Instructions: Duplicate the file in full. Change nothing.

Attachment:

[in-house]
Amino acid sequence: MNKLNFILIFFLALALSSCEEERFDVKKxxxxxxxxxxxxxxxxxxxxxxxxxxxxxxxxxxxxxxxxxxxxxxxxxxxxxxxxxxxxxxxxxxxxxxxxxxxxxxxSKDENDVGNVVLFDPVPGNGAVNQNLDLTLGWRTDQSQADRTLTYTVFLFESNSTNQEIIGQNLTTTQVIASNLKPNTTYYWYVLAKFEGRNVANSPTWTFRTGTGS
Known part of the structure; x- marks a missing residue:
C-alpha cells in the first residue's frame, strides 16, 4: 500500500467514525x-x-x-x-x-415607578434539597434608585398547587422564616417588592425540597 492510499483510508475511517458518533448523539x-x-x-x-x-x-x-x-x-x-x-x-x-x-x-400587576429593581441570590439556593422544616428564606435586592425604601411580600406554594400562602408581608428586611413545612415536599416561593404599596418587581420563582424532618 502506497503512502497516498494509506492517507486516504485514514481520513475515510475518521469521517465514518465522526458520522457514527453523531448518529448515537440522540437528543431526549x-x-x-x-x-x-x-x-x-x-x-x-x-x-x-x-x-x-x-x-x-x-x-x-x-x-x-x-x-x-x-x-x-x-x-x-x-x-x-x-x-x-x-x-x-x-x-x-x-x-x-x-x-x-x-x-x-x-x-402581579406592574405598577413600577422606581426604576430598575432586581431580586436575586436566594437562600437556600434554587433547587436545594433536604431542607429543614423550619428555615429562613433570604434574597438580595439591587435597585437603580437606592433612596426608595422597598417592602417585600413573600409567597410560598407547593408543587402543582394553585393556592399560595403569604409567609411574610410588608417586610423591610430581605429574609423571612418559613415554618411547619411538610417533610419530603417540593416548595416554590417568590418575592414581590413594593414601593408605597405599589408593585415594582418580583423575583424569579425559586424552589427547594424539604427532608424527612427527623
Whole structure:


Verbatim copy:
[in-house]
Amino acid sequence: MNKLNFILIFFLALALSSCEEERFDVKKxxxxxxxxxxxxxxxxxxxxxxxxxxxxxxxxxxxxxxxxxxxxxxxxxxxxxxxxxxxxxxxxxxxxxxxxxxxxxxxSKDENDVGNVVLFDPVPGNGAVNQNLDLTLGWRTDQSQADRTLTYTVFLFESNSTNQEIIGQNLTTTQVIASNLKPNTTYYWYVLAKFEGRNVANSPTWTFRTGTGS
Known part of the structure; x- marks a missing residue:
C-alpha cells in the first residue's frame, strides 16, 4: 500500500467514525x-x-x-x-x-415607578434539597434608585398547587422564616417588592425540597 492510499483510508475511517458518533448523539x-x-x-x-x-x-x-x-x-x-x-x-x-x-x-400587576429593581441570590439556593422544616428564606435586592425604601411580600406554594400562602408581608428586611413545612415536599416561593404599596418587581420563582424532618 502506497503512502497516498494509506492517507486516504485514514481520513475515510475518521469521517465514518465522526458520522457514527453523531448518529448515537440522540437528543431526549x-x-x-x-x-x-x-x-x-x-x-x-x-x-x-x-x-x-x-x-x-x-x-x-x-x-x-x-x-x-x-x-x-x-x-x-x-x-x-x-x-x-x-x-x-x-x-x-x-x-x-x-x-x-x-x-x-x-x-402581579406592574405598577413600577422606581426604576430598575432586581431580586436575586436566594437562600437556600434554587433547587436545594433536604431542607429543614423550619428555615429562613433570604434574597438580595439591587435597585437603580437606592433612596426608595422597598417592602417585600413573600409567597410560598407547593408543587402543582394553585393556592399560595403569604409567609411574610410588608417586610423591610430581605429574609423571612418559613415554618411547619411538610417533610419530603417540593416548595416554590417568590418575592414581590413594593414601593408605597405599589408593585415594582418580583423575583424569579425559586424552589427547594424539604427532608424527612427527623
Whole structure: